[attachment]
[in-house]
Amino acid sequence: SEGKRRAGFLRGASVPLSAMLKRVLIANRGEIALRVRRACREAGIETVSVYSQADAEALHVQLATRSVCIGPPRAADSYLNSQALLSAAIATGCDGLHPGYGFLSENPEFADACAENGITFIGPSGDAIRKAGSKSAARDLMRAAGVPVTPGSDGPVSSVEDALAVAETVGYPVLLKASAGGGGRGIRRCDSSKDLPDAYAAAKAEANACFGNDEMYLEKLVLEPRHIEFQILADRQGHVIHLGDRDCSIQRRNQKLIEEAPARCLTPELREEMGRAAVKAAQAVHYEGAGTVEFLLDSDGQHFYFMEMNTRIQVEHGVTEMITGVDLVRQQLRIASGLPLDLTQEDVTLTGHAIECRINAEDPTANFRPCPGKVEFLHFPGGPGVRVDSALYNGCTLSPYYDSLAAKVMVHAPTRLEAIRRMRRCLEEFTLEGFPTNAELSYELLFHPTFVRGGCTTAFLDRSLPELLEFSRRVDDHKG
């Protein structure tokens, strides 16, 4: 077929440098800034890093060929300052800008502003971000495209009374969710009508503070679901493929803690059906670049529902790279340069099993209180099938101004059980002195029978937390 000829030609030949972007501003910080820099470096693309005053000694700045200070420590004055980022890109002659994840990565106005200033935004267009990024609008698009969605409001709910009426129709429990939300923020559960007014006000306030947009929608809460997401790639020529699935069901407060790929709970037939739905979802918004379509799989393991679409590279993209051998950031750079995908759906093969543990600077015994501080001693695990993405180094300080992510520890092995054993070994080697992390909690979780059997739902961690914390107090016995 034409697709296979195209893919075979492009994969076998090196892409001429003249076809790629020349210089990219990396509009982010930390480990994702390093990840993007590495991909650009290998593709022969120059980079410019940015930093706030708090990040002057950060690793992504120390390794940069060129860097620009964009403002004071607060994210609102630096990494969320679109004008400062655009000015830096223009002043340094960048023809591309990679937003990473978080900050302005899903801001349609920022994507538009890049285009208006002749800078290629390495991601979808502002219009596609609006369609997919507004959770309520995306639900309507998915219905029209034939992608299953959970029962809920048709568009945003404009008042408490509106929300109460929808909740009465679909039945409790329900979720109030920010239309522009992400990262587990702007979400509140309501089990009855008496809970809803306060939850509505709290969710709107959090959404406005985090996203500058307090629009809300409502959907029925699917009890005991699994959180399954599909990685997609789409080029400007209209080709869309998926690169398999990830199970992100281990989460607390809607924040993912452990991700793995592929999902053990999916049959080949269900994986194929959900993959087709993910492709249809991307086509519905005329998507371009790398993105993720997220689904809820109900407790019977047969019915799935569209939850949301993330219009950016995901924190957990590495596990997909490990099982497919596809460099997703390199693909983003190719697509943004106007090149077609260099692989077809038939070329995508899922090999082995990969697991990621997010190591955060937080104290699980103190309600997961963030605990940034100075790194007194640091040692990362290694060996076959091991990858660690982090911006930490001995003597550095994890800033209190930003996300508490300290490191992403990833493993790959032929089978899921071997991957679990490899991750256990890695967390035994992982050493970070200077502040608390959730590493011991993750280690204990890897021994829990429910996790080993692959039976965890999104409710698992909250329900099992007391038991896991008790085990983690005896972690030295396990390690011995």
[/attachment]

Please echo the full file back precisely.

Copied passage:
[in-house]
Amino acid sequence: SEGKRRAGFLRGASVPLSAMLKRVLIANRGEIALRVRRACREAGIETVSVYSQADAEALHVQLATRSVCIGPPRAADSYLNSQALLSAAIATGCDGLHPGYGFLSENPEFADACAENGITFIGPSGDAIRKAGSKSAARDLMRAAGVPVTPGSDGPVSSVEDALAVAETVGYPVLLKASAGGGGRGIRRCDSSKDLPDAYAAAKAEANACFGNDEMYLEKLVLEPRHIEFQILADRQGHVIHLGDRDCSIQRRNQKLIEEAPARCLTPELREEMGRAAVKAAQAVHYEGAGTVEFLLDSDGQHFYFMEMNTRIQVEHGVTEMITGVDLVRQQLRIASGLPLDLTQEDVTLTGHAIECRINAEDPTANFRPCPGKVEFLHFPGGPGVRVDSALYNGCTLSPYYDSLAAKVMVHAPTRLEAIRRMRRCLEEFTLEGFPTNAELSYELLFHPTFVRGGCTTAFLDRSLPELLEFSRRVDDHKG
């Protein structure tokens, strides 16, 4: 077929440098800034890093060929300052800008502003971000495209009374969710009508503070679901493929803690059906670049529902790279340069099993209180099938101004059980002195029978937390 000829030609030949972007501003910080820099470096693309005053000694700045200070420590004055980022890109002659994840990565106005200033935004267009990024609008698009969605409001709910009426129709429990939300923020559960007014006000306030947009929608809460997401790639020529699935069901407060790929709970037939739905979802918004379509799989393991679409590279993209051998950031750079995908759906093969543990600077015994501080001693695990993405180094300080992510520890092995054993070994080697992390909690979780059997739902961690914390107090016995 034409697709296979195209893919075979492009994969076998090196892409001429003249076809790629020349210089990219990396509009982010930390480990994702390093990840993007590495991909650009290998593709022969120059980079410019940015930093706030708090990040002057950060690793992504120390390794940069060129860097620009964009403002004071607060994210609102630096990494969320679109004008400062655009000015830096223009002043340094960048023809591309990679937003990473978080900050302005899903801001349609920022994507538009890049285009208006002749800078290629390495991601979808502002219009596609609006369609997919507004959770309520995306639900309507998915219905029209034939992608299953959970029962809920048709568009945003404009008042408490509106929300109460929808909740009465679909039945409790329900979720109030920010239309522009992400990262587990702007979400509140309501089990009855008496809970809803306060939850509505709290969710709107959090959404406005985090996203500058307090629009809300409502959907029925699917009890005991699994959180399954599909990685997609789409080029400007209209080709869309998926690169398999990830199970992100281990989460607390809607924040993912452990991700793995592929999902053990999916049959080949269900994986194929959900993959087709993910492709249809991307086509519905005329998507371009790398993105993720997220689904809820109900407790019977047969019915799935569209939850949301993330219009950016995901924190957990590495596990997909490990099982497919596809460099997703390199693909983003190719697509943004106007090149077609260099692989077809038939070329995508899922090999082995990969697991990621997010190591955060937080104290699980103190309600997961963030605990940034100075790194007194640091040692990362290694060996076959091991990858660690982090911006930490001995003597550095994890800033209190930003996300508490300290490191992403990833493993790959032929089978899921071997991957679990490899991750256990890695967390035994992982050493970070200077502040608390959730590493011991993750280690204990890897021994829990429910996790080993692959039976965890999104409710698992909250329900099992007391038991896991008790085990983690005896972690030295396990390690011995």